Morning Links

Morning Links: Bad Painting Edition

René Magritte: The Fifth Season, from which the essay in the Paris Review was excerpted.


An uneven $318.3-million Sotheby’s evening sale of Impressionist and modern art in New York last night was dominated by a Modigliani nude that went for $157.2 million. Read a full auction report from ARTnews. [ARTnews]

Sotheby’s also launched a new video series called The Fearless Now, the first episode of which pairs Ai Weiwei in conversation with the rapper A$AP Rocky. [Sotheby’s]


The American University Museum in Washington, D.C., got 9,000 works from the collection of the defunct Corcoran Art Gallery—marking the biggest chunk given over from some 20,000 works doled out to different institutions. [The Art Newspaper]

The Nahmad family, who bought Picasso’s Fillette à la corbeille fleurie (Young Girl with a Flower Basket) for $115 million last week at Christie’s, said the work will go on to show at the Musée d’Orsay in Paris this fall. [The Art Newspaper]

“Art lover and aficionado Carla Emil, whose collection (with husband Rich Silverstein) is the basis of the SFMOMA exhibition ‘Selves and Others,’ has founded C Project, a foundation that describes itself as dedicated to bringing ‘original performance-based art experiences to San Francisco.’ ” First up, in November, is a presentation by Ragnar Kjartansson curated by Tom Eccles. [San Francisco Chronicle]


Jeff Koons likes the hip-hop star Lil Uzi Vert, and vice-versa. In a profile of the rapper in GQ, Koons is quoted as saying, “He’s able to speak about a kind of microcosm that actually represents one community that can be looked at as a whole. I think it’s very pop; it’s very connecting. I just think it’s brilliant.” Uzi Vert, in response, said, “For real? You know, I got this weird thing in my head that people think I’m weird. But when I hear that, that’s cool. I want to meet him.” [GQ]

“Long considered aberrations in his artistic career, René Magritte’s sunlit surrealist and vache pictures have recently been reassessed by art historians and critics not only on their own terms but also in relation to the notion of ‘bad painting.’ The two bodies of work have often been discussed separately . . .” But! “There is good reason to think of them as related.” [The Paris Review]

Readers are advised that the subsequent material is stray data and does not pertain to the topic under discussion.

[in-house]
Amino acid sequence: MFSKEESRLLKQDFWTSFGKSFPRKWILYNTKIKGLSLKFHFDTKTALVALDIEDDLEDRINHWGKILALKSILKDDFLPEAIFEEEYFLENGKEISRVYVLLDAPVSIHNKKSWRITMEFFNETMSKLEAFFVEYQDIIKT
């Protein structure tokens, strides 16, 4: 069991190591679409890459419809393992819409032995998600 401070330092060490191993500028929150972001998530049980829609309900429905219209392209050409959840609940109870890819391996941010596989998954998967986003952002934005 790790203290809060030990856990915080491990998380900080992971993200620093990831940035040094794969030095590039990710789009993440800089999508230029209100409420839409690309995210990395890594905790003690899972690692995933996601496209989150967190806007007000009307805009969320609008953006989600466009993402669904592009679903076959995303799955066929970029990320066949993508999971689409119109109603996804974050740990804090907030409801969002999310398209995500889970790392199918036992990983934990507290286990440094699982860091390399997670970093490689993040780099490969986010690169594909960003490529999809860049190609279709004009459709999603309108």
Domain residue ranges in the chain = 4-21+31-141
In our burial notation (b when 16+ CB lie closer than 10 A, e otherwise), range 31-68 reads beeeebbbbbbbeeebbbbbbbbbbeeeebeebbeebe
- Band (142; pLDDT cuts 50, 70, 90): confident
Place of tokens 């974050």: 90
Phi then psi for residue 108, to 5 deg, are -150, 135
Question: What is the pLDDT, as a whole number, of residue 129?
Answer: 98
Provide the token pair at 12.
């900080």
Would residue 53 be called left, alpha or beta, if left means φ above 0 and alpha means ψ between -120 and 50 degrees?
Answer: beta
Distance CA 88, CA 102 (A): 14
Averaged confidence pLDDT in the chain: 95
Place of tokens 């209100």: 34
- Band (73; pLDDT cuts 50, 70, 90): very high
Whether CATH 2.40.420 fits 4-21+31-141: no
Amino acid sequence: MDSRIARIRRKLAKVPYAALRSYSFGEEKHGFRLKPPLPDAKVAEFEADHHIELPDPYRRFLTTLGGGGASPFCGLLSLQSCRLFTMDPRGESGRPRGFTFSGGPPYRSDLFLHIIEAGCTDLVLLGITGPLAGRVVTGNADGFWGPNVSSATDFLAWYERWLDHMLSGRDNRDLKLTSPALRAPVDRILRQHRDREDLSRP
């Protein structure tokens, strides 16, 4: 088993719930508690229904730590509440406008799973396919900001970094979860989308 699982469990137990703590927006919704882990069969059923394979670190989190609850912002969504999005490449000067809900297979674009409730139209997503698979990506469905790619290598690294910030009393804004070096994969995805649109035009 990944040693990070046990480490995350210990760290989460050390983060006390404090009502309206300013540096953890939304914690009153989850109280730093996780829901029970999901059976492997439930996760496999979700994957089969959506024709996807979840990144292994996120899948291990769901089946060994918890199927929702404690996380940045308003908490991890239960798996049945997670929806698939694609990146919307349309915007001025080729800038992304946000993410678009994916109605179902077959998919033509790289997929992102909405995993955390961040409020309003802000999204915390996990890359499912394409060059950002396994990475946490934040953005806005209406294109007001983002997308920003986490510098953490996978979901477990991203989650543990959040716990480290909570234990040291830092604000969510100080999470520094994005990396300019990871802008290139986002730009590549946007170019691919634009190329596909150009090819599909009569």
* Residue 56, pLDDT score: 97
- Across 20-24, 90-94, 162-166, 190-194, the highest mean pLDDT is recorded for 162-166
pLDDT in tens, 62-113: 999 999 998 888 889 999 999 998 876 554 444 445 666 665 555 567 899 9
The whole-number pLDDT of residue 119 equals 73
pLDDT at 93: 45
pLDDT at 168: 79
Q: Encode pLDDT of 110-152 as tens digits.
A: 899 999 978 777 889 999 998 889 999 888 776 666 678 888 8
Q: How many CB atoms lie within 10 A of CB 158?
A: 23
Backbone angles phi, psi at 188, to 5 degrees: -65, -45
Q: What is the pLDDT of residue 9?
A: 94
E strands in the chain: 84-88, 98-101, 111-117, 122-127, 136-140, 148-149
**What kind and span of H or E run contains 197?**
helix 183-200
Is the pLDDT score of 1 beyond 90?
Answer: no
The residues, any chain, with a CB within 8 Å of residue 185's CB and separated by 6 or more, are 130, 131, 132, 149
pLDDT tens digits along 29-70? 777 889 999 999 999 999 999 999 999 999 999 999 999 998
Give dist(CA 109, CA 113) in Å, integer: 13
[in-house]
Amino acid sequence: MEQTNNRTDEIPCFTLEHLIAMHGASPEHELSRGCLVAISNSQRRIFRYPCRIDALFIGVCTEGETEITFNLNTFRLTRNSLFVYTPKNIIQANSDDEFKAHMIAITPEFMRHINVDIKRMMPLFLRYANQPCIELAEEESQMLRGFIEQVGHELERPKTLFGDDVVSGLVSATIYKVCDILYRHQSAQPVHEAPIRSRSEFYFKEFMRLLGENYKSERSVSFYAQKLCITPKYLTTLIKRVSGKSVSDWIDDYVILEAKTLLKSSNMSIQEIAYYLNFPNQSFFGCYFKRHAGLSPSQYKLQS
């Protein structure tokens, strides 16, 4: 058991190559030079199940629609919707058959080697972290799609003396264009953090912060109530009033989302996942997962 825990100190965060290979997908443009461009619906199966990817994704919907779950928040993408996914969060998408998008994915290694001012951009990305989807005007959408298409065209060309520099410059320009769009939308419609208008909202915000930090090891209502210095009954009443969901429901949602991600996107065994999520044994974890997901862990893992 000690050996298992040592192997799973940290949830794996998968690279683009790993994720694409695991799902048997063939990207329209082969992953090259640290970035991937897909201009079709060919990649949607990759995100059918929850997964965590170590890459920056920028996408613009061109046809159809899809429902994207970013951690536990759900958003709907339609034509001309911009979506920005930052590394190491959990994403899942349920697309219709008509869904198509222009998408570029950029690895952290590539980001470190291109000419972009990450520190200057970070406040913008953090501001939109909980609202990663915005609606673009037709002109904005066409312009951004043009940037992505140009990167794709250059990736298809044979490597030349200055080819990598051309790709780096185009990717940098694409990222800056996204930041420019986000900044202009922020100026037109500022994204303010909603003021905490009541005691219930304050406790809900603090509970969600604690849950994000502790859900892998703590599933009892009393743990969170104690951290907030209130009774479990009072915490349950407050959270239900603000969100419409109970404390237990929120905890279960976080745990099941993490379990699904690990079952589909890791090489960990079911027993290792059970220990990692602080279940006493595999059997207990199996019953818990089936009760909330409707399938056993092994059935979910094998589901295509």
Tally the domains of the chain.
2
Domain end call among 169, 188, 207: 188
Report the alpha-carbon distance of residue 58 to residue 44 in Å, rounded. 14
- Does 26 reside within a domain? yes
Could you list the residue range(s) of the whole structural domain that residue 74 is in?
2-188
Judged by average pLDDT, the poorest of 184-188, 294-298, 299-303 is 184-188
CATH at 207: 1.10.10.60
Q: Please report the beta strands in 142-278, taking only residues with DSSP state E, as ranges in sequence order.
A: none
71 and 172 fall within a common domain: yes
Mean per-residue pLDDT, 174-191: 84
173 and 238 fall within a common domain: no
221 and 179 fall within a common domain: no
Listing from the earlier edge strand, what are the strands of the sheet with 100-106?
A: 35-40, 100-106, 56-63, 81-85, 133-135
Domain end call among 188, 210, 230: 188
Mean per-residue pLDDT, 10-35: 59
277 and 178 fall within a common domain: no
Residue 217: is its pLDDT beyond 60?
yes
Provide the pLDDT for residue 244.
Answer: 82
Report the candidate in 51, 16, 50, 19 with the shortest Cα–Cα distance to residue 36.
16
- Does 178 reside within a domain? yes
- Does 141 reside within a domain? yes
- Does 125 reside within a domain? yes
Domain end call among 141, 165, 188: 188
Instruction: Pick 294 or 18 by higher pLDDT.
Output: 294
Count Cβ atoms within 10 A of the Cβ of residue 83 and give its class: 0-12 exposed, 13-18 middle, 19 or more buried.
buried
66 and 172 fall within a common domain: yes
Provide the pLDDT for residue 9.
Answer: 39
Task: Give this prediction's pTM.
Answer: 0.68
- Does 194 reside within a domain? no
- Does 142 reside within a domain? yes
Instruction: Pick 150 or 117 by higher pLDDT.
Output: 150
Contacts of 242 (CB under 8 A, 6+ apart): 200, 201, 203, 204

In Chicago: “Glance at it quickly and you might think it’s a bike rack. But look closer and you’ll see that the art installation at Daley Plaza includes a line of mock AR-15 military-style rifles.” [The Chicago Tribune]


The New York Review of Books surveyed the ways that “Thomas Cole’s Journey: Atlantic Crossings,” an exhibition that just closed at the Met, “positions Cole as a challenge to Trumpian greed, as well as to the American landscape as imagined by Secretary of the Interior Ryan Zinke and EPA chief Scott Pruitt.” [The New York Review of Books]

The Guardian’s Adrian Searle liked what he saw in Tacita Dean’s exhibition “Landscape” at the Royal Academy in London. About the artist’s new film Antigone, he wrote, “It is impossible to do justice to this almost hour-long film, with its multiple layerings, masked exposures and multiple viewpoints, its innovative technical manipulations of analogue film and its camerawork.” [The Guardian]

Glenn Branca, the avant-garde composer who pioneered the use of detuned guitars in the “No Wave” scene in downtown New York, died at the age of 69. [The Guardian]

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